Cats can make great pets. But it’s important to know how to keep your child safe when they are with them.
Cats can be unpredictable and scare easily. Sometimes they might not want you or your child to approach them. They might scratch or bite without warning.
Supervise your child around cats
Babies, children and cats should never be left together unsupervised. It is important an adult supervises them at all times.
The main health and safety risks to your child are:
- risks to their breathing
- risk of infection
- risk of cat scratches and bites
When your child is at the right age, you should:
- supervise them around pets
- teach them how to behave around the cat
Do not expect your child to take on board your safety advice. Children do not understand danger.
Cats - teaching your child to be safe
Risks to your baby’s breathing
Never allow cats into any room where a baby or child is sleeping.
A cat may settle to sleep near a baby's face. This is very dangerous. It could interfere with your baby's breathing. It could suffocate a sleeping baby.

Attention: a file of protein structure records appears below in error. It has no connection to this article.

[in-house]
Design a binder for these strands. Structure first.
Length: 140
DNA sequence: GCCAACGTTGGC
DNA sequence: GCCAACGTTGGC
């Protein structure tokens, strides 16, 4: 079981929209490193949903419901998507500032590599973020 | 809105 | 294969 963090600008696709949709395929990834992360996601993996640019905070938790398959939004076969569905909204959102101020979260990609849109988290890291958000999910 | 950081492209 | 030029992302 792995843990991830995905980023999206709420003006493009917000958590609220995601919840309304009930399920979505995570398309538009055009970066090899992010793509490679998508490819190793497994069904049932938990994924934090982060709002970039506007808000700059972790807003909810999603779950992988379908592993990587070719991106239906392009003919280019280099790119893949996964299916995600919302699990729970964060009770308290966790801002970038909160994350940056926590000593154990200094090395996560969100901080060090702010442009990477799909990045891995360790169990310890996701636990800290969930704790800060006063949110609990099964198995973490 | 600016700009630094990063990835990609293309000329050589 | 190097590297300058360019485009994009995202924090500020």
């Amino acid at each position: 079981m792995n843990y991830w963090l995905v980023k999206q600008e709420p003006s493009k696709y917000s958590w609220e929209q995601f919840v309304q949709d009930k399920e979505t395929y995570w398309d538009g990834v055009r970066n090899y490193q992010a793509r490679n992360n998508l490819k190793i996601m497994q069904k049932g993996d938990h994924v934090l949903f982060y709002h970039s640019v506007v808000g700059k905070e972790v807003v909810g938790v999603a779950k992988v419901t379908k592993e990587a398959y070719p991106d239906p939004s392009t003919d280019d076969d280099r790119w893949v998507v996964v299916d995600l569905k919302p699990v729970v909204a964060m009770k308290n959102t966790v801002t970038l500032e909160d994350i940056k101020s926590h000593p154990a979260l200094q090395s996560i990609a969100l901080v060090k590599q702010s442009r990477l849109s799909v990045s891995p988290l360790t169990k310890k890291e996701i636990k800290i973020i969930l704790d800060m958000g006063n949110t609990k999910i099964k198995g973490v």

Do not allow your cat to use any of your child's equipment or cot for play, relaxing on or sleeping. Use a safe cot or pram net. This will stop your cat from using it as a bed.
Make sure any open windows in the nursery are cat-proof.
Risk of infection from cats
Cats can carry infectious diseases that can be harmful to your child. They usually pass them on by scratching or through their poo.
You or your child could develop an infection if you:
- touch cat poo or something contaminated with cat poo
- then touch your mouth, food, or feeding equipment
Diseases carried by cats
The most common diseases your child could get are:
- toxoplasmosis - a common infection that's usually harmless but can cause serious problems in some people, particularly pregnant women and people with a weak immune systems
- cat scratch fever, which causes swollen lymph glands
- toxocariasis - a rare infection caused by roundworm parasites
How to avoid infection
The best ways to protect your child from diseases are to make sure that everyone in your family:
- is up to date with all their vaccines
- washes their hands regularly, especially after handling the cat or their litter
Keep all of your child’s feeding utensils out of the cat’s reach. Keep your cat away from your child's toys, nursery and any other equipment.